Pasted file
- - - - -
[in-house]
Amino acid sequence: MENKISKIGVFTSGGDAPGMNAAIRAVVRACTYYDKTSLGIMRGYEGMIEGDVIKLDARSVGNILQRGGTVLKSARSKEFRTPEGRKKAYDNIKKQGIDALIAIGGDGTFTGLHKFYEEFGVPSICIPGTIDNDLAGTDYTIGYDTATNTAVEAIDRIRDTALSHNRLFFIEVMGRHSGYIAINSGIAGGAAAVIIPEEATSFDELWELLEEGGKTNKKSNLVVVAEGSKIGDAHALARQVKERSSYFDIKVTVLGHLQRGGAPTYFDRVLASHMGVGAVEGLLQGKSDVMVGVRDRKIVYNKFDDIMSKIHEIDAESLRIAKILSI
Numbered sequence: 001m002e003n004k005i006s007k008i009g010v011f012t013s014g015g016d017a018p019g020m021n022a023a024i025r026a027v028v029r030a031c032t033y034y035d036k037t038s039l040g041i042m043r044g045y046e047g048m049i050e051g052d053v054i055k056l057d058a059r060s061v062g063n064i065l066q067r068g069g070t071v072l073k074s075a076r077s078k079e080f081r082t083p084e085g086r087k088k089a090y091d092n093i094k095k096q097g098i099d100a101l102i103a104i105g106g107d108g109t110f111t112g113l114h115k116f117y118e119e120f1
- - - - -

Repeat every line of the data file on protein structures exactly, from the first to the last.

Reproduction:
[in-house]
Amino acid sequence: MENKISKIGVFTSGGDAPGMNAAIRAVVRACTYYDKTSLGIMRGYEGMIEGDVIKLDARSVGNILQRGGTVLKSARSKEFRTPEGRKKAYDNIKKQGIDALIAIGGDGTFTGLHKFYEEFGVPSICIPGTIDNDLAGTDYTIGYDTATNTAVEAIDRIRDTALSHNRLFFIEVMGRHSGYIAINSGIAGGAAAVIIPEEATSFDELWELLEEGGKTNKKSNLVVVAEGSKIGDAHALARQVKERSSYFDIKVTVLGHLQRGGAPTYFDRVLASHMGVGAVEGLLQGKSDVMVGVRDRKIVYNKFDDIMSKIHEIDAESLRIAKILSI
Numbered sequence: 001m002e003n004k005i006s007k008i009g010v011f012t013s014g015g016d017a018p019g020m021n022a023a024i025r026a027v028v029r030a031c032t033y034y035d036k037t038s039l040g041i042m043r044g045y046e047g048m049i050e051g052d053v054i055k056l057d058a059r060s061v062g063n064i065l066q067r068g069g070t071v072l073k074s075a076r077s078k079e080f081r082t083p084e085g086r087k088k089a090y091d092n093i094k095k096q097g098i099d100a101l102i103a104i105g106g107d108g109t110f111t112g113l114h115k116f117y118e119e120f1